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Cell Tissue Res. 2016 Sep;365(3):467-82. doi: 10.1007/s00441-016-2446-2. Epub 2016 Jun 28.

Integrin-mediated regulation of epidermal wound functions.

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Department of Surgery, Albany Medical College, Albany, NY, 12208, USA.
Department of Regenerative & Cancer Cell Biology, Albany Medical College, Mail Code 165, Room MR-421, 47 New Scotland Avenue, Albany, NY, 12208-3479, USA.
Department of Regenerative & Cancer Cell Biology, Albany Medical College, Mail Code 165, Room MR-421, 47 New Scotland Avenue, Albany, NY, 12208-3479, USA.


During cutaneous wound healing, keratinocyte proliferation and migration are critical for re-epithelialization. In addition the epidermis secretes growth factors, cytokines, proteases, and matricellular proteins into the wound microenvironment that modify the extracellular matrix and stimulate other wound cells that control the inflammatory response, promote angiogenesis and facilitate tissue contraction and remodeling. Wound keratinocytes express at least seven different integrins-the major cell adhesion receptors for the extracellular matrix-that collectively control essential cell-autonomous functions to ensure proper re-epithelialization, including migration, proliferation, survival and basement membrane assembly. Moreover, it has become evident in recent years that some integrins can regulate paracrine signals from wound epidermis that stimulate other wound cells involved in angiogenesis, contraction and inflammation. Importantly, it is likely that abnormal integrin expression or function in the epidermis contributes to wound pathologies such as over-exuberant healing (e.g., hypertrophic scar formation) or diminished healing (e.g., chronic wounds). In this review, we discuss current knowledge of integrin function in the epidermis, which implicates them as attractive therapeutic targets to promote wound healing or treat wound pathologies. We also discuss challenges that arise from the complex roles that multiple integrins play in wound epidermis, which may be regulated through extracellular matrix remodeling that determines ligand availability. Indeed, understanding how different integrin functions are temporally coordinated in wound epidermis and which integrin functions go awry in pathological wounds, will be important to determine how best to target them clinically to achieve maximum therapeutic benefit. Graphical abstract In addition to their well-characterized roles in keratinocyte adhesion, migration and wound re-epithelialization, epidermal integrins play important roles in modifying the wound microenvironment by regulating the expression and secretion of growth factors, extracellular proteases, and matricellular proteins that stimulate other wound cells, including vascular endothelial cells and fibroblasts/myofibroblasts.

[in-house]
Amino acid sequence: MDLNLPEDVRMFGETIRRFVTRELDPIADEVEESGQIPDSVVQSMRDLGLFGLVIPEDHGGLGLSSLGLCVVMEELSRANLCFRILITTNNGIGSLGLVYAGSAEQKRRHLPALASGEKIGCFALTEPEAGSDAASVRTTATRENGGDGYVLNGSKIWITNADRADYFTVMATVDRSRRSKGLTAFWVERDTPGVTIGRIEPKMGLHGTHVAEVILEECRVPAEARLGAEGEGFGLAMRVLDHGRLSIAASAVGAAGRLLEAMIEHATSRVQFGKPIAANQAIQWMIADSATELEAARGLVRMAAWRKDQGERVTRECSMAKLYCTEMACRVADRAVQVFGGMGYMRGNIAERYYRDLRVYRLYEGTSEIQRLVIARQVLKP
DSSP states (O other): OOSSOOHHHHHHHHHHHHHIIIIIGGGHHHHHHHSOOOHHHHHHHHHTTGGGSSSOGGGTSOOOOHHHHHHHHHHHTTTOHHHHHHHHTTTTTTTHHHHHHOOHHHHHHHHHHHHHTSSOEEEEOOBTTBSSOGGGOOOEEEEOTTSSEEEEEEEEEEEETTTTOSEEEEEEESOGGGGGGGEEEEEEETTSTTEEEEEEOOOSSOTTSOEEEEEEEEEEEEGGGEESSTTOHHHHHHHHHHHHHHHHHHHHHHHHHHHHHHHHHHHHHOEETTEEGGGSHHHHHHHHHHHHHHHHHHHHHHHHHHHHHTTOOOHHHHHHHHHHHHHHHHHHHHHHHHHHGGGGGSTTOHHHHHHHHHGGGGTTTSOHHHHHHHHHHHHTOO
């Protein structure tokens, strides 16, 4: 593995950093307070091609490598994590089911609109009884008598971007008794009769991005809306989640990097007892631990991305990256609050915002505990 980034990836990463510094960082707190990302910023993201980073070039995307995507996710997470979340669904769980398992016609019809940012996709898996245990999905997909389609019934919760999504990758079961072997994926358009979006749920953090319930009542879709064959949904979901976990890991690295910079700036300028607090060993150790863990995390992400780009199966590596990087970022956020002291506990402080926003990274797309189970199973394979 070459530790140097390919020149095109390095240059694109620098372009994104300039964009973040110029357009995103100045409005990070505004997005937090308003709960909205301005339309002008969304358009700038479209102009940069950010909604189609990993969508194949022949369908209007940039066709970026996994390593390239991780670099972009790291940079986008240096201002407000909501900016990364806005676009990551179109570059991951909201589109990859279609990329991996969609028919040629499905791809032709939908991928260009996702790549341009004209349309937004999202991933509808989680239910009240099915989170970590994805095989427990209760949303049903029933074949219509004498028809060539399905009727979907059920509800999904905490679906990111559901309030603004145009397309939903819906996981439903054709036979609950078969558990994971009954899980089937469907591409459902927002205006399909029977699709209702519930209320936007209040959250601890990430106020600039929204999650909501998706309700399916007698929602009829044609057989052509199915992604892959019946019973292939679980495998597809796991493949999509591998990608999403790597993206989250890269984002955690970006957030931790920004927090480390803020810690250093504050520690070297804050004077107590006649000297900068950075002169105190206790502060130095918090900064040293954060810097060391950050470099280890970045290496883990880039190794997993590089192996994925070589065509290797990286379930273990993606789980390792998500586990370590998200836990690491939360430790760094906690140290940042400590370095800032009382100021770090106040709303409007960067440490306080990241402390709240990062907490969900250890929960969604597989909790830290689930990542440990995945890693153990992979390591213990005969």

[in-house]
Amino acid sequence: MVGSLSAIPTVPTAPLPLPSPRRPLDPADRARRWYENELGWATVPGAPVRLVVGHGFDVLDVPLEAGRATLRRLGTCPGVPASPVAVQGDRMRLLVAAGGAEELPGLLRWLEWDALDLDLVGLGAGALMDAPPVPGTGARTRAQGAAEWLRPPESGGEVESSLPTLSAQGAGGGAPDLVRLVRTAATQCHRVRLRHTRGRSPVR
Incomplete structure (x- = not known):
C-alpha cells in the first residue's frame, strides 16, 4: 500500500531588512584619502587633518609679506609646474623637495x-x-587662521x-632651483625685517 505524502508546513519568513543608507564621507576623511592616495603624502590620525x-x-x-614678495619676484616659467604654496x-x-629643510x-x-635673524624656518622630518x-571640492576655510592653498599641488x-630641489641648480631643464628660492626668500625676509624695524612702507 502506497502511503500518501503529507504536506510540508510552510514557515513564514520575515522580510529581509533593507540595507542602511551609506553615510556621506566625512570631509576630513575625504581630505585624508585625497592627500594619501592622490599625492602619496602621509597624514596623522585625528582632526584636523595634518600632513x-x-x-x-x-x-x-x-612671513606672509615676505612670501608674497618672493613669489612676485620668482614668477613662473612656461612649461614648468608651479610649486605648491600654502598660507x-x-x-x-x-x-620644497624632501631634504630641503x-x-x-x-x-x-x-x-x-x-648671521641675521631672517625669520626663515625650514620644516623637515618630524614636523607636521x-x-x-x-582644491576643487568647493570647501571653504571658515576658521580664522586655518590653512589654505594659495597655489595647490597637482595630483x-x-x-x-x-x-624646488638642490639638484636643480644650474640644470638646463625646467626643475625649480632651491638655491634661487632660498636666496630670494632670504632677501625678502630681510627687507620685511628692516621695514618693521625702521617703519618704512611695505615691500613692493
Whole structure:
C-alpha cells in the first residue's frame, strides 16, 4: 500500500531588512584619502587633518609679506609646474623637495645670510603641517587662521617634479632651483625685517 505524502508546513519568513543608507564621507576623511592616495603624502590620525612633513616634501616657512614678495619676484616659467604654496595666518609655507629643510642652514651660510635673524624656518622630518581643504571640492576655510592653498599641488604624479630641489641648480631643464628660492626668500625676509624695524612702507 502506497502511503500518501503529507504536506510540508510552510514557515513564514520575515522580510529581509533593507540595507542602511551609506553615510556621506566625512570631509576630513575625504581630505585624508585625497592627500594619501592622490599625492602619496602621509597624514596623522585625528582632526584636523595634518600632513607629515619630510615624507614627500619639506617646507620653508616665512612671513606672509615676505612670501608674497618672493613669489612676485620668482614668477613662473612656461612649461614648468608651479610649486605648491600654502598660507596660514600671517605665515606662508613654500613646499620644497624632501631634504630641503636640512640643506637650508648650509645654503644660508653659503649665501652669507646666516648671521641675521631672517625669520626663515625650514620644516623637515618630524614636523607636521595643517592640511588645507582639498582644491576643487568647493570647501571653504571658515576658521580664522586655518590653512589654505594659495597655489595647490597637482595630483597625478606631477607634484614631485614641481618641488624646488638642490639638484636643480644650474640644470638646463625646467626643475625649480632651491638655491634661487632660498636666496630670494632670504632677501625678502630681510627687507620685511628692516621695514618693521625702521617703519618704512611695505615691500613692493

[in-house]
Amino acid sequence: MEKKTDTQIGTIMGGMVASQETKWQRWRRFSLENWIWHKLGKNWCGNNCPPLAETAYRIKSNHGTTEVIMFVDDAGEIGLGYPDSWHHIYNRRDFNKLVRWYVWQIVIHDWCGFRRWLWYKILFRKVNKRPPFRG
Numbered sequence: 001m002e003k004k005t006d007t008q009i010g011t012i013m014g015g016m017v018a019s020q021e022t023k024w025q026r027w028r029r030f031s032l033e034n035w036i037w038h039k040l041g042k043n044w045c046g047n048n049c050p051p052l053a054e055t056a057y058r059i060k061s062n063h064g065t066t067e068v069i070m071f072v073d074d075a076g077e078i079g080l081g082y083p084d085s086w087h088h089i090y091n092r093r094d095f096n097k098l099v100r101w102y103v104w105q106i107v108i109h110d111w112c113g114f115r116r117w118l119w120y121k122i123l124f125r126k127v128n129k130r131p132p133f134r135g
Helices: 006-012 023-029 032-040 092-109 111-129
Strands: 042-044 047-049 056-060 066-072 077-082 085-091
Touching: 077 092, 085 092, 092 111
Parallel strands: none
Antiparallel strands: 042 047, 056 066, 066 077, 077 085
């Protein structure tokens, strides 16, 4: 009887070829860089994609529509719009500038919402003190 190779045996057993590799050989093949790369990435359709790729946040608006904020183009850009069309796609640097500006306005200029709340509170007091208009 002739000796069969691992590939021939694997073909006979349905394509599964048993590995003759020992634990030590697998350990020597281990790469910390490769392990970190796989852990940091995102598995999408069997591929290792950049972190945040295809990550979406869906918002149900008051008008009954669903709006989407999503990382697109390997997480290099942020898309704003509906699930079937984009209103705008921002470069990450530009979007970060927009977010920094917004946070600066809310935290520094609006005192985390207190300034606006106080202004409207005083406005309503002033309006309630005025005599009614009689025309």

Epidermis; Extracellular matrix; Integrin; Keratinocyte; Wound healing

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